the data (near real-time) by applying video analysis software. Nevertheless, static cameras and
sensors in general are typically expensive in acquisition and operation. Therefore, it is usually
not possible to monitor the whole area at risk and other data sources need to be considered.
The pilot region for the beAWARE use case is a forest area near Valencia in Spain, where, like
in most rural areas, unfortunately no static cameras are deployed. To overcome this, the pilot
is supported by the usage of drones, which are capable of monitoring a larger area. By flying
over the region of interest, pictures and videos are recorded and analyzed to detect critical
events, especially starting fires.
In this use case, the weather situation and forecast are factors as well. In contrast to the fire use case,
where a low humidity increases the risk of fire, high humidity increases the severity of a heatwave. To
mitigate the impact of a heatwave, it is common to offer citizens the possibility to visit public shelters
that are cooled down by air conditioning. For the authorities, the condition and status of these places
(e.g. available space, problems with sanitary facilities etc.) is of interest. Collecting this data with
technical sensors can be very challenging. Therefore, the people themselves can be considered as an
additional data source: by analyzing data from social media (e.g. Twitter) or by using a dedicated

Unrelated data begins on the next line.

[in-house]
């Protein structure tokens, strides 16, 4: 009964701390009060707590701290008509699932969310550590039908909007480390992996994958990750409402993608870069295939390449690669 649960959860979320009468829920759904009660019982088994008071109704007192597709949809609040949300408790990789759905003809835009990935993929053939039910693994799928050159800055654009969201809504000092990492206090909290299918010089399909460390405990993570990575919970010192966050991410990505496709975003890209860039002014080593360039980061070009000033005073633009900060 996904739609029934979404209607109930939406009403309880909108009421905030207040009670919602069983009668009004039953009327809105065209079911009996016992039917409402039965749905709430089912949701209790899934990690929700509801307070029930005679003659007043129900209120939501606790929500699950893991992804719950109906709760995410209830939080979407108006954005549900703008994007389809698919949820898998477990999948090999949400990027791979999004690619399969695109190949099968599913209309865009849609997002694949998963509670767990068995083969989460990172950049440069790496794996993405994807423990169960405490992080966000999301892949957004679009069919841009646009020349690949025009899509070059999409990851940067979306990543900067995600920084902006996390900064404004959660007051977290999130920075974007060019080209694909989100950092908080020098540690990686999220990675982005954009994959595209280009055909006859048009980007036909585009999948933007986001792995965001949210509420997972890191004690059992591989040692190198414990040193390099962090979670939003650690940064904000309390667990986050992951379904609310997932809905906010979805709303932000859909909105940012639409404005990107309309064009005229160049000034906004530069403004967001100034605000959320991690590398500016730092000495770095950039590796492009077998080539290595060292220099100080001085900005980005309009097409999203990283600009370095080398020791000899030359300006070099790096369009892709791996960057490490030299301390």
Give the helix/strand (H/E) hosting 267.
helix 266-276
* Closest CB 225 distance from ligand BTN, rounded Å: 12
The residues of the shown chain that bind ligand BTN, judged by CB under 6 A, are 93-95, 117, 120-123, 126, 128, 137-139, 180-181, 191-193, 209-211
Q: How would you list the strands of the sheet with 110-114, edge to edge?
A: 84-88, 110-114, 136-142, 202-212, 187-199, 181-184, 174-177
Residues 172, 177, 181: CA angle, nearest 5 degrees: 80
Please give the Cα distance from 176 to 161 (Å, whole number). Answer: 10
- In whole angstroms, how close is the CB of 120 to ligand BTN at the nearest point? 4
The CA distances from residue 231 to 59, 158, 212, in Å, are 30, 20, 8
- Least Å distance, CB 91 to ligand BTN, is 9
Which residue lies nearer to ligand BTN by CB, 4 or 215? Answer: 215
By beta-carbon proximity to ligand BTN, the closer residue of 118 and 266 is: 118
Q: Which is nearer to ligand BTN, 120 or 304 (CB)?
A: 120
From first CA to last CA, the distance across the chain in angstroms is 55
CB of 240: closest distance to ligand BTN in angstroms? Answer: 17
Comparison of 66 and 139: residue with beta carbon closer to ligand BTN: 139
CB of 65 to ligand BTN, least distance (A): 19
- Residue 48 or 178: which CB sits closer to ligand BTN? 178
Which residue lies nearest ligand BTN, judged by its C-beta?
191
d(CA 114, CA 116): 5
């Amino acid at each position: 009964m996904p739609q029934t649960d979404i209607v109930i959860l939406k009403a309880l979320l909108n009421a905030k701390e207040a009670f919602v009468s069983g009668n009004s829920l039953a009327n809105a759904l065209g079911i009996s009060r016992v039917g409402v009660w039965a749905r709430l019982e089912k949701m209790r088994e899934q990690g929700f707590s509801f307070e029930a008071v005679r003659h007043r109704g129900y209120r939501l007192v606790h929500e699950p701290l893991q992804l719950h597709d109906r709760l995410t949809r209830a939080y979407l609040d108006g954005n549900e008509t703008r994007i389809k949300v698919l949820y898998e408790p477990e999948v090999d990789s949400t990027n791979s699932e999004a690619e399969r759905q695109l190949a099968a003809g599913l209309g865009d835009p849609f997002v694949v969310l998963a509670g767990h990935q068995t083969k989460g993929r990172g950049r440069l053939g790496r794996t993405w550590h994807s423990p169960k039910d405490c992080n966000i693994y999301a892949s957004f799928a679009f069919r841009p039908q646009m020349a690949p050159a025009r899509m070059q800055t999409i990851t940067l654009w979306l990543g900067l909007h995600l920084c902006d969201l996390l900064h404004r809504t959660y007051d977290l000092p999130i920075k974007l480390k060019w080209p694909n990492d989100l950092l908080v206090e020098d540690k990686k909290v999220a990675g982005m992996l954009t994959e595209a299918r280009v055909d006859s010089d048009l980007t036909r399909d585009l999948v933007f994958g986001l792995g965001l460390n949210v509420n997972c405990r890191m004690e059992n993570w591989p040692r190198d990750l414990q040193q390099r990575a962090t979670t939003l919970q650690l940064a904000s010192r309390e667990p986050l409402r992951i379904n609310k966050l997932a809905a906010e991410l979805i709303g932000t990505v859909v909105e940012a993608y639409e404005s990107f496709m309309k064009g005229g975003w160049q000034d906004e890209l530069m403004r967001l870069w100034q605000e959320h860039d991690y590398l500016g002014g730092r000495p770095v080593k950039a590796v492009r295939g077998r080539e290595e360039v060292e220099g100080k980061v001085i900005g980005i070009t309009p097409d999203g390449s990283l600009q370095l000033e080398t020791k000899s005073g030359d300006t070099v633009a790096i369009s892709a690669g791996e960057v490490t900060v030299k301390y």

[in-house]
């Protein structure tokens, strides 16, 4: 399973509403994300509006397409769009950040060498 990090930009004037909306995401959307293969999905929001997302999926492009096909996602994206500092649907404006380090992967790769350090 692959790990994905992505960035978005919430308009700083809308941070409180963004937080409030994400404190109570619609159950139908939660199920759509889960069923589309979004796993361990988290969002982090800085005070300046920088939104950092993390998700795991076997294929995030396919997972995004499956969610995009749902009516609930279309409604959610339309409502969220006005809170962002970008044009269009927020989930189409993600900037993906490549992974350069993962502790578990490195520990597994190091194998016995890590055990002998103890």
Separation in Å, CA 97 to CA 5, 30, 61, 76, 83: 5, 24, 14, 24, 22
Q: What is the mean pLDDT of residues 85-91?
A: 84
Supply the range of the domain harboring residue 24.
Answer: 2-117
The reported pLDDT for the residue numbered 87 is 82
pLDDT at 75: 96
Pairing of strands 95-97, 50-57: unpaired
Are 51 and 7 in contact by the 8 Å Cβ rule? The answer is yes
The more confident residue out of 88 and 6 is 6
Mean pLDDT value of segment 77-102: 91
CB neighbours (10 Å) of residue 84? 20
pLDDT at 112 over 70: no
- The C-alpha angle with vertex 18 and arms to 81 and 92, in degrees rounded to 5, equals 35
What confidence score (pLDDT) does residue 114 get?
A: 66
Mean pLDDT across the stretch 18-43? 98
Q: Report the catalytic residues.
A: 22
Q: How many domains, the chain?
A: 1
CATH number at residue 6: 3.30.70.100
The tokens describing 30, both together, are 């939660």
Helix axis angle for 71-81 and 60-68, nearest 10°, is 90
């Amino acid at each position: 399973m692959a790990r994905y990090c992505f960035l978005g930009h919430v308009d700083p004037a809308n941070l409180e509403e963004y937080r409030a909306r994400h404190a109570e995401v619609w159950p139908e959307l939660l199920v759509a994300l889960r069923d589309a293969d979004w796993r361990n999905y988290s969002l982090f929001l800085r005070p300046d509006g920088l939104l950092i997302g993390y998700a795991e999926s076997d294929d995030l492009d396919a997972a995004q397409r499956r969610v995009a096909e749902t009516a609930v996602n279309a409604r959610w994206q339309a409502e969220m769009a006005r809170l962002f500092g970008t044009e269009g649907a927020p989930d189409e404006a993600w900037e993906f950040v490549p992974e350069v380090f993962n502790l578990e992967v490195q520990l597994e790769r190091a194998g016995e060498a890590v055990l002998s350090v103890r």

mobile application from which people can send multimodal reports (text, audio, images, videos)
directly to authorities, one can harvest further helpful information. Citizen involvement is not limited
to this use case and can help in other scenarios as well.
The above three use cases describe the variety of sensor data and data sources in the project.
By overcoming the challenges of heterogeneity, one can offer a detailed description of an ongoing
disaster. Furthermore, the importance of each sensor type highly depends on the specific use case.
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As already stated, there is a broad variety of sensors available today. Sensors are accessible via
Internet of Things (IoT), Machine-2-Machine (M2M) standards, from social media or from a mobile
application (human sensors) (Meissen, 2014). To make use of the available data, it needs to be collected
and analyzed. This is a prerequisite for gaining a better understanding of a crisis, for finding critical
events like people in need of rescue or for coordinating countermeasures.
To approach this problem Moßgraber et al. (2018) presented a generic approach for decision
support and early warning in climate-related crises by applying a pipeline to get from raw sensor data
to a model about the ongoing situation (see Figure 1). The key contribution of the paper at hand is to
provide tools, models and technologies to execute and visualize this pipeline. The parts of this method
cover the steps from sensor data acquisition, data integration and aggregation, semantic modeling and
data analysis to provide decision support and early warning capabilities. The challenge of integrating
a variety of heterogeneous sensor data to understand the current situation often occurs in the context
of crisis management. The presented approach offers the needed flexibility to be applicable for a
broad variety of situations. We show this by applying it to three different large-scale use cases within
the beAWARE project.
As a first step, the data needs to be collected from the sensors. It then needs to be aggregated,
fused and analyzed to understand the semantics. A knowledge base (KB), formalized as an ontology,